NMWA Spotlight

Susan Fisher Sterling has built
her career and the stature of the museum around the message of equity
for women through the example of excellence in
the arts.


Photo © Michele MatteiDirector of the National Museum of Women in the Arts (NMWA) in Washington, D.C., Susan Fisher Sterling has built her career and the stature of the museum around the message of equity for women through the example of excellence in the arts. When she signed on as associate curator of the new museum in 1988, she had just graduated from Princeton University with an M.A./Ph.D. in art history, specializing in modern and contemporary art.

As the museum’s associate curator, curator of modern and contemporary art, and then chief curator/deputy director, she organized and oversaw exhibitions and publications on a wide range of contemporary women artists and topics for the museum for over 20 years. Her last project as deputy director/chief curator was the creation of the New York Avenue Sculpture Project (2010),
a public-private partnership featuring changing installations of monumental public art by contemporary women in the heart of Washington, D.C.

Sterling assumed the directorship of the museum in 2008, and during her nine-year tenure the museum has flourished. In 2012-13, NMWA marked its 25th anniversary with major celebrations and the completion of its $50 million Legacy of Women in the Arts Endowment. Under Sterling’s leadership, the museum has received the highest Charity Navigator rating of 4 stars for sound fiscal and programmatic management. Currently, Sterling is focused on a new programmatic initiative, Women, Arts, and Social Change, and planning for the museum’s 30th anniversary in 2017-18.

Among Sterling’s honors are National Orders of Merit from Brazil and Norway, the President’s Award of the Women’s Caucus for Art, and in 2011, she was recognized as one of ArtTable’s 30 most influential professional women in the visual arts.  She is a member of the Association of Art Museum Directors and the International Women’s Forum, and was recently a presenter at the World Economic Forum’s New Champions meeting in China on The Art of Change.

For more information:
Whitewall Magazine, “Susan Fisher Sterling on Women, Arts, and Social Change,” Feb. 28, 2017


2006 National Medal of Arts recipient and arts patron Wilhelmina Holladay accepts her award from President and Mrs. Laura Bush in an Oval Office ceremony on November 9, 2006. Mrs. Holladay's citation reads, "Her dedicated efforts have helped bring well-deserved recognition to some of history’s most talented female artists."White House photo by Paul Morse.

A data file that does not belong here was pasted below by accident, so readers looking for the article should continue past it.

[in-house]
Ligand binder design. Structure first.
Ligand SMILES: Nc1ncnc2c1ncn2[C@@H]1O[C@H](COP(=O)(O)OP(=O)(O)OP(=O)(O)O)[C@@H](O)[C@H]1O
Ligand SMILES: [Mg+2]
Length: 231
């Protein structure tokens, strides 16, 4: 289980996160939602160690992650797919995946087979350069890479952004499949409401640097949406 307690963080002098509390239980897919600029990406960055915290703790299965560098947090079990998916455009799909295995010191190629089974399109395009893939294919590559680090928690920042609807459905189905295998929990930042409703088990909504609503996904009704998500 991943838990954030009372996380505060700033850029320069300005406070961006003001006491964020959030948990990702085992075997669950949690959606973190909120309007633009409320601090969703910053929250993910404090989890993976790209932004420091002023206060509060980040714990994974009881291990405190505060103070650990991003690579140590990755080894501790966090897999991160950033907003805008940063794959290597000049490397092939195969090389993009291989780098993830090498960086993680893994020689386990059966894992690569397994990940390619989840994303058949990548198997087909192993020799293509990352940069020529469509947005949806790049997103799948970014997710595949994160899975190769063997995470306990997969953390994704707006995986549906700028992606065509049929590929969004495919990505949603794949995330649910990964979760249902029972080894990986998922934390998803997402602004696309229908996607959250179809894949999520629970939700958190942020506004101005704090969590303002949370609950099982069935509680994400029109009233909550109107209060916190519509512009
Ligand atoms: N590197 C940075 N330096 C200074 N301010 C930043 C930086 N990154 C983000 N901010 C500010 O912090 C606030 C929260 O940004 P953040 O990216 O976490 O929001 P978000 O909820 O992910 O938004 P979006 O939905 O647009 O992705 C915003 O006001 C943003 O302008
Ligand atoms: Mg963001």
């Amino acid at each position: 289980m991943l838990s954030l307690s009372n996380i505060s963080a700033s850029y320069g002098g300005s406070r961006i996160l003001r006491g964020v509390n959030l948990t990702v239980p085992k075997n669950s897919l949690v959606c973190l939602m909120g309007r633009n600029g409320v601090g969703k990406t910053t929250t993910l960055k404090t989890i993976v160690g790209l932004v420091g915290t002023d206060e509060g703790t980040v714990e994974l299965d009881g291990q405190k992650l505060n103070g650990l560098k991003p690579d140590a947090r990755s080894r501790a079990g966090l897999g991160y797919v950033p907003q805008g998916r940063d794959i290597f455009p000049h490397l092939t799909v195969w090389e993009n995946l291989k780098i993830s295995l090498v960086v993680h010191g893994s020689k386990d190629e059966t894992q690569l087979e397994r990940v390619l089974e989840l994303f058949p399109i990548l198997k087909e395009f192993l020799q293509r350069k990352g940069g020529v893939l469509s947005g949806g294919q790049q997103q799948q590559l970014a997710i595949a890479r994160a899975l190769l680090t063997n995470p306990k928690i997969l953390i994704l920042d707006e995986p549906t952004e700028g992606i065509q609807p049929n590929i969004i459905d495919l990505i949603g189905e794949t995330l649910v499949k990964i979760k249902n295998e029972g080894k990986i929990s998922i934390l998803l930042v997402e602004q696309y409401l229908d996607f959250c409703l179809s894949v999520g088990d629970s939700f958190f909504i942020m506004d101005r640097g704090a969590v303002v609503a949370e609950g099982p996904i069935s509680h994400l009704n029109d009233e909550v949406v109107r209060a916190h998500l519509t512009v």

Wilhelmina Cole Holladay's patronage has greatly benefited the American arts through her founding the National Museum of Women in the Arts in Washington, D.C.

Mrs. Holladay and husband, Wallace F. Holladay, began collecting work by women artists in the 1960s. The core collection resided in the Holladay home. By the late 1970s as the collection grew, Mrs. Holladay's first thought was to donate the works to an existing art museum. At the recommendation of National Endowment for the Arts Chairman, Nancy Hanks, Mrs. Holladay decided to devote her energies and resources to creating a museum that would showcase women artists.

The National Museum of Women in the Arts was incorporated in November 1981 as a private, non-profit. The Holladay collection of approximately 500 works by women and Mrs. Holladay's personal library form the foundation of the museum's permanent collection of more than 3,000 works dating from the Renaissance to the present. During its first five years, NMWA operated from temporary offices with docent-led tours of the collection at the Holladay residence. Special exhibitions also were presented.

Mrs. Holladay's vision and her ability to motivate others to share that vision resulted in an ambitious capital campaign to purchase and restore a landmark building in downtown Washington, DC. The former Masonic headquarters, a 78,810-square-foot Washington landmark near the White House, was refurbished in accordance with the highest design, museum, and security standards. It won numerous architectural awards. After years of tireless effort and $17 million in funds raised privately, the museum officially opened to the public in 1987 at a ribbon-cutting ceremony with Mrs. Barbara Bush.

In creating the museum, Mrs. Holladay also established the foremost library and research center dedicated to art by women, and an arts education program that reaches diverse audiences throughout the country. Additionally, NMWA has firmly established itself as a venue for exhibitions and important literary, film, and musical presentations, which have received critical acclaim. The museum is a national institution with a network of members in all 50 states because of Mrs. Holladay's determination to engage people across the nation as well as countries around the globe. National Museum of Women in the Arts reaches out beyond Washington through state and international committees and promoting cross-cultural awareness and understanding.

Source: National Endowment for the Arts

     © 2016 Texas State Committee of the National Museum of Women in the Arts